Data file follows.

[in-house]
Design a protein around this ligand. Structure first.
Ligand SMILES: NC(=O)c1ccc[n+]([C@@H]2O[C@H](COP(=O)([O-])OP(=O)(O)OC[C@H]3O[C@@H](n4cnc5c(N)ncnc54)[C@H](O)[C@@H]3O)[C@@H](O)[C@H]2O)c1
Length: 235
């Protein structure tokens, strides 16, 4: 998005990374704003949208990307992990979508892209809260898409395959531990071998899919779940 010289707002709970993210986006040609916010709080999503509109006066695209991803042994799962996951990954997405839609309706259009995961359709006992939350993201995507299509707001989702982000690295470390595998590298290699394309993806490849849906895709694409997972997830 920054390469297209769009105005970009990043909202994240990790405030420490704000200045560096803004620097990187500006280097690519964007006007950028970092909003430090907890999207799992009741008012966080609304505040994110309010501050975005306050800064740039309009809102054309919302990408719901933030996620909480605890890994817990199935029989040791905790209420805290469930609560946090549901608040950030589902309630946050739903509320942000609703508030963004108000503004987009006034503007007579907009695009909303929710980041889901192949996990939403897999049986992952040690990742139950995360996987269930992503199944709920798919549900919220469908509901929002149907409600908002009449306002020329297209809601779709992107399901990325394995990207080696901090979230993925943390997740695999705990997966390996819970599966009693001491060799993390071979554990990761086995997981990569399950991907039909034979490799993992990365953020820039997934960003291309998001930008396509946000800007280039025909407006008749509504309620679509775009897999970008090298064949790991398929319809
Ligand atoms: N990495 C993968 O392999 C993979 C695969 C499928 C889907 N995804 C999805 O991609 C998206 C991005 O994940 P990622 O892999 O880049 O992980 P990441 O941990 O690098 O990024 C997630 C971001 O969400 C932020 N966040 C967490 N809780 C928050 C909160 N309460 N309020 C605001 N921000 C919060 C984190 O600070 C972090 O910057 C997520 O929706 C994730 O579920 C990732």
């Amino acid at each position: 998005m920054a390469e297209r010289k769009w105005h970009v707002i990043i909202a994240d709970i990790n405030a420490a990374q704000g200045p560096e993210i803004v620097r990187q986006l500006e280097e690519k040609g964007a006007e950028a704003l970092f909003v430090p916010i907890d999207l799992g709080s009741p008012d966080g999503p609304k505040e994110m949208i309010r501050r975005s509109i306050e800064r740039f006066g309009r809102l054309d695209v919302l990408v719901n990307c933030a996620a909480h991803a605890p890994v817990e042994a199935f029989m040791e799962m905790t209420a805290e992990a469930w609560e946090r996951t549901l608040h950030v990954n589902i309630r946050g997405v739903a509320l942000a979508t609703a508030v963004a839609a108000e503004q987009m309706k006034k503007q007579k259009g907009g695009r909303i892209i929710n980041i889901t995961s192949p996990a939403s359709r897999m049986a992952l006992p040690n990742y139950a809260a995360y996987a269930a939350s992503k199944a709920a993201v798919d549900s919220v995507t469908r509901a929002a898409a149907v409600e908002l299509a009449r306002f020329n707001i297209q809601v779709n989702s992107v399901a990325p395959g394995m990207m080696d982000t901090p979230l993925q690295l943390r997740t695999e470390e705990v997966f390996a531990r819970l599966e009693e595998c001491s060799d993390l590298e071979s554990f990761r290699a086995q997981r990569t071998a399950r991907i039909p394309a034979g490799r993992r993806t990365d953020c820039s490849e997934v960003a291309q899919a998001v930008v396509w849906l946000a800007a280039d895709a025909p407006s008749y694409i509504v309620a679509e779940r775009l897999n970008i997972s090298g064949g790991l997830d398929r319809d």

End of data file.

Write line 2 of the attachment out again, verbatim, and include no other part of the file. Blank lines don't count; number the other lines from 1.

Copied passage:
Design a protein around this ligand. Structure first.